Prince's influence on pop music cannot be understated. He didn't just rewrite the rules of pop. He burned the entire rule book and made his own. He created his own sound, blended many different genres together, stomped on societal pressures and continuously encouraged younger artist to carve out their own unique musical identity. Taking the time to mentor great acts such as Janelle Monáe, Lizzo, Beyoncé, The Time, and Sheila E.

Memorable songs: “Purple Rain,” “Raspberry Beret,” “Controversy,” “When Doves Cry,” “Kiss,” "Diamonds and Pearls," "I Would Die 4 U."

2. Whitney Houston

Named the ‘most awarded female artist of all time’ by Guinness World Records, Whitney Houston was known for having the ability to convey pure, raw emotion through her vocals whilst singing with flawless technique. Some singers only have the former, some only the latter and it is rare to have both equally. Moreover, the agility of her voice was magnificent, along with the power and superb control she has over her voice set her apart and leagues above her contemporaries. Her Gospel-trained ability earned her the moniker of, "The Voice."

Throughout her career, Whitney sold over 200 million records worldwide, won six Grammys, one Emmy, was the first artist to have seven consecutive Number 1 hits, and became the first woman to enter the Billboard 200 chart at No.1 with her album, Whitney (1987). Her numerous industry accolades also include being the first artist to have seven consecutive number one hits, the first woman to enter the U.S. Billboard 200 at number one with her album, Whitney, and holding the longest reigning number one single on the Hot 100 with “I Will Always Love You.”

Whitney Houston was undoubtedly one of pop music's biggest superstar's, but Whitney’s introduction into the music industry in 1985 was also important because of her mass appeal to both black and white audiences. This allowed her to break down the barriers of MTV alongside Michael Jackson not just for black men but also black women. Her presence on MTV and VH1, allowed artists like Janet Jackson and Anita Baker to have their visual art on the channels as well. It opened major doors for female artists of color to have their music be heard by millions who would have never heard them otherwise.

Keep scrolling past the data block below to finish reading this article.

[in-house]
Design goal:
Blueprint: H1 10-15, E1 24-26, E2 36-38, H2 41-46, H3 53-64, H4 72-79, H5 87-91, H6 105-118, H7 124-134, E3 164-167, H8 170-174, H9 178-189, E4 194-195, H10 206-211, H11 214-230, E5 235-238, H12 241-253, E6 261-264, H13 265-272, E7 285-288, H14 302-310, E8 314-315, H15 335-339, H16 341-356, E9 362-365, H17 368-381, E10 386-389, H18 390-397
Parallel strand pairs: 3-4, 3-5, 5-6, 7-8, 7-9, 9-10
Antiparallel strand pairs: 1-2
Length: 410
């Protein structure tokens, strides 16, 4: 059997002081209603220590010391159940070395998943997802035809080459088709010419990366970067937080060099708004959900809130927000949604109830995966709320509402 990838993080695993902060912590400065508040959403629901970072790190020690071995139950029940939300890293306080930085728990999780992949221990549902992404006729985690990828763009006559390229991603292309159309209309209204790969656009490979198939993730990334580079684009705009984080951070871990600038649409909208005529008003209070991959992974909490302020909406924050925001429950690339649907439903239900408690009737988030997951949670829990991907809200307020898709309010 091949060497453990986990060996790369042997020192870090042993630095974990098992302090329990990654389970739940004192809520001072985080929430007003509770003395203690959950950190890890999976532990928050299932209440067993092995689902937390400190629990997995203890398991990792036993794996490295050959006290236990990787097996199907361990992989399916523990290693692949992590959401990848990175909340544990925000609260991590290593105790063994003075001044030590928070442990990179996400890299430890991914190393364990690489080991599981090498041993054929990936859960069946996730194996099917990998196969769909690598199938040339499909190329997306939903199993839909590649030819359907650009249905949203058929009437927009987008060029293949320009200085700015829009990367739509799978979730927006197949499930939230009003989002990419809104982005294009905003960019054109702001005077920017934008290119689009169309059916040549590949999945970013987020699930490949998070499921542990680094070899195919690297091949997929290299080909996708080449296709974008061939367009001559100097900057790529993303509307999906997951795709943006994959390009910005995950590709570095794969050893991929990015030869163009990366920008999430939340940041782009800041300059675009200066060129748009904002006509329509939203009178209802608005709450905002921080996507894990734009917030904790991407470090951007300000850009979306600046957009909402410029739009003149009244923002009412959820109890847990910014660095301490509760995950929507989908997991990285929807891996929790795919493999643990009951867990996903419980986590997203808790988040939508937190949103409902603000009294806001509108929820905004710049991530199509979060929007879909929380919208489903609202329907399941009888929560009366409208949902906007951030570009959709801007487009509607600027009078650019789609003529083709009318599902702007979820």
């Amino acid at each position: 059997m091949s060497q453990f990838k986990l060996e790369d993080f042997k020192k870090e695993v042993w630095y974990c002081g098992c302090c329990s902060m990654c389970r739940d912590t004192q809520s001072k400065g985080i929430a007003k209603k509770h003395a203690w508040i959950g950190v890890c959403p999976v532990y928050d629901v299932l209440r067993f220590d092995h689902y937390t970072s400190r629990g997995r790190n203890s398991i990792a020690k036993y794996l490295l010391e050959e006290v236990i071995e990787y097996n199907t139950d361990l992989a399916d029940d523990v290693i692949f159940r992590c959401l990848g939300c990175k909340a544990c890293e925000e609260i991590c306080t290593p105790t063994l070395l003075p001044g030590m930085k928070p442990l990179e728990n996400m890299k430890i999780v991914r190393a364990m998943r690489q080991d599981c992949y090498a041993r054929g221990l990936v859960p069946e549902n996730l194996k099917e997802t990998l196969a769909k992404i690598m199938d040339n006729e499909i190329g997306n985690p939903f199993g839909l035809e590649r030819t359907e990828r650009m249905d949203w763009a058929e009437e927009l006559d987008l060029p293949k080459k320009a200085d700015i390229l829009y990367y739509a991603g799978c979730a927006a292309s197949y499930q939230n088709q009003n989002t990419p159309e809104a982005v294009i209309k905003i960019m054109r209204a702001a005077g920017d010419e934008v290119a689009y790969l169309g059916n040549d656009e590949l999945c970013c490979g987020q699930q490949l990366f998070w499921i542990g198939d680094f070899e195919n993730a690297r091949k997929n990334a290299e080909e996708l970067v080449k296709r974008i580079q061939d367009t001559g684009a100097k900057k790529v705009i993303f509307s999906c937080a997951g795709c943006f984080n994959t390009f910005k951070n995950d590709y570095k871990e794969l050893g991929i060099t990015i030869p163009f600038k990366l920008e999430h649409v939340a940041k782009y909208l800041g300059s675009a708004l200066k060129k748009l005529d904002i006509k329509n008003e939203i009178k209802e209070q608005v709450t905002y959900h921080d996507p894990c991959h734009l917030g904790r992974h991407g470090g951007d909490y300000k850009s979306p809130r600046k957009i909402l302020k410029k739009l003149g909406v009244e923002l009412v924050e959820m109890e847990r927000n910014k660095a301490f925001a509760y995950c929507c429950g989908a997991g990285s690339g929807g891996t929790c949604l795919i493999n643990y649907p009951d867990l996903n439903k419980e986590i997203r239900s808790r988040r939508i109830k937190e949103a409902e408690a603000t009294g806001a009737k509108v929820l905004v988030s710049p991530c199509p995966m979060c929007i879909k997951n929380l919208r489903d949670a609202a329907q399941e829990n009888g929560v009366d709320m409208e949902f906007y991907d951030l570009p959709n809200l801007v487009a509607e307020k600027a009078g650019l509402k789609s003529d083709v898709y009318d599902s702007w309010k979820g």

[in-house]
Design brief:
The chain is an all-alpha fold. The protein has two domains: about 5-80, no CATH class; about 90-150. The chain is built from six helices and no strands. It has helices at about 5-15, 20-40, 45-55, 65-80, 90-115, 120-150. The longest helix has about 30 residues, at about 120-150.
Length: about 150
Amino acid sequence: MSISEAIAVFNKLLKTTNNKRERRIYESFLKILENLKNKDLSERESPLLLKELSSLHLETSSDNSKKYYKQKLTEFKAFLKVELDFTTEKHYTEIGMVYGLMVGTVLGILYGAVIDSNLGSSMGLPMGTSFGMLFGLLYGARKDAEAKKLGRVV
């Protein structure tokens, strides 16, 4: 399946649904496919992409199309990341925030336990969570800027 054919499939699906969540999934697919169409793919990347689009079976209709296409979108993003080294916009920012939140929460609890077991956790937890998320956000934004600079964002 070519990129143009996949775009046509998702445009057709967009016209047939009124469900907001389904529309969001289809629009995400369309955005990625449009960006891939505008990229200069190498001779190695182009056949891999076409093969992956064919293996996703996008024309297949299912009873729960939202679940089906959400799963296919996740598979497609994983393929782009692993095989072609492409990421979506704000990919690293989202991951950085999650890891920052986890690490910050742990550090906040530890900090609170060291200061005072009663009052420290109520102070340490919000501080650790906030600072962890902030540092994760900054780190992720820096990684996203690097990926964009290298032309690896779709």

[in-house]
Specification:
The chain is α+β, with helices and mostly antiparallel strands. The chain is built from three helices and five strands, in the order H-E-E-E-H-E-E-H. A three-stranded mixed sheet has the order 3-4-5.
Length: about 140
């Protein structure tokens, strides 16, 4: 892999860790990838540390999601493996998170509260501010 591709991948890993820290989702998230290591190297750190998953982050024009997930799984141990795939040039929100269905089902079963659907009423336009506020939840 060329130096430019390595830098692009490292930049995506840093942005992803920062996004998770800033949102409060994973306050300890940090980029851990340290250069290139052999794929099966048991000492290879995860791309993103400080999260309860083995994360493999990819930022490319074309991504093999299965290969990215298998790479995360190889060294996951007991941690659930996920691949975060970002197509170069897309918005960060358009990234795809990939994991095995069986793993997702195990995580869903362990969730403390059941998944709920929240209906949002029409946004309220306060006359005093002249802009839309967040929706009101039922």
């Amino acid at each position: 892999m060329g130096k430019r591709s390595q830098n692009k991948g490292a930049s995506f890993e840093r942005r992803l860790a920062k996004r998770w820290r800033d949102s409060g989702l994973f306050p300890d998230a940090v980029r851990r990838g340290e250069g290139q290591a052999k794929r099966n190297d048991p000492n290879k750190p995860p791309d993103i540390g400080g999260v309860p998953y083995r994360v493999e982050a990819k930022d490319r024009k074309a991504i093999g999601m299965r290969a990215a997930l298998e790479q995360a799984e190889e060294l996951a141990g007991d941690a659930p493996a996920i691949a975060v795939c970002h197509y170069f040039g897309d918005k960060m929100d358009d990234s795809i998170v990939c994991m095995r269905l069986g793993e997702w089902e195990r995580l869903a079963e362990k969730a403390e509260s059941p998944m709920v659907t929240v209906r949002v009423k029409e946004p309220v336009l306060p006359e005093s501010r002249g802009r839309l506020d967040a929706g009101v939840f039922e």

Memorable songs: “You Give Good Love,” “Saving All My Love For You,” “How Will I Know,” “Greatest Love of All,” “I Wanna Dance With Somebody (Who Loves Me),” “So Emotional," “All the Man That I Need,” and "I Will Always Love You."

1. Michael Jackson

Michael Jackson wasn't given the title, "The King of Pop," for no reason. By the age of five, Michael Jackson became the lead singer of the Jackson 5 and landed his first Number 1 record at only 11 years old. By the end of the 80s, he established himself as one of the most recognizable figures of the 20th century and one of the most influential artists of all time.

Known for his signature dance moves, stage presence and memorable music videos, Michael Jackson rewrote the rules of what it meant to be a pop star. Releasing hit after hit, he not only broke the racial barrier but also transcended the RnB box he was often regulated to in order to become one of the one of the best selling artists of this generation and the last.

Some of Micheal Jackson's accolades include, becoming the first person to ever win 8 Grammys in one night (1984), being 1 of the 15 artists to ever win the GRAMMY legend award, being inducted twice into the rock and roll hall of fame, and having his solo debut performance in 1988 being considered one of the greatest Grammy performances of all time.

Memorable songs: "Beat It,” "The Way You Make Me Feel,” “Black or White,” “Remember the Time,” “Blood on the Dance Floor,” “Rock with You,” and "Slave to the Rhythm.”

Black music is the cultural backbone of America's pop music history. These black innovators are a large part of what makes America's music scene so unique.

But keep in mind, that this list hardly scratches the surface of of the hundreds of black artists that put pen to paper and crafted some of history's greatest hits.

Written By Lauren Lumsden

*copyright not intended. Fair use act, section 107.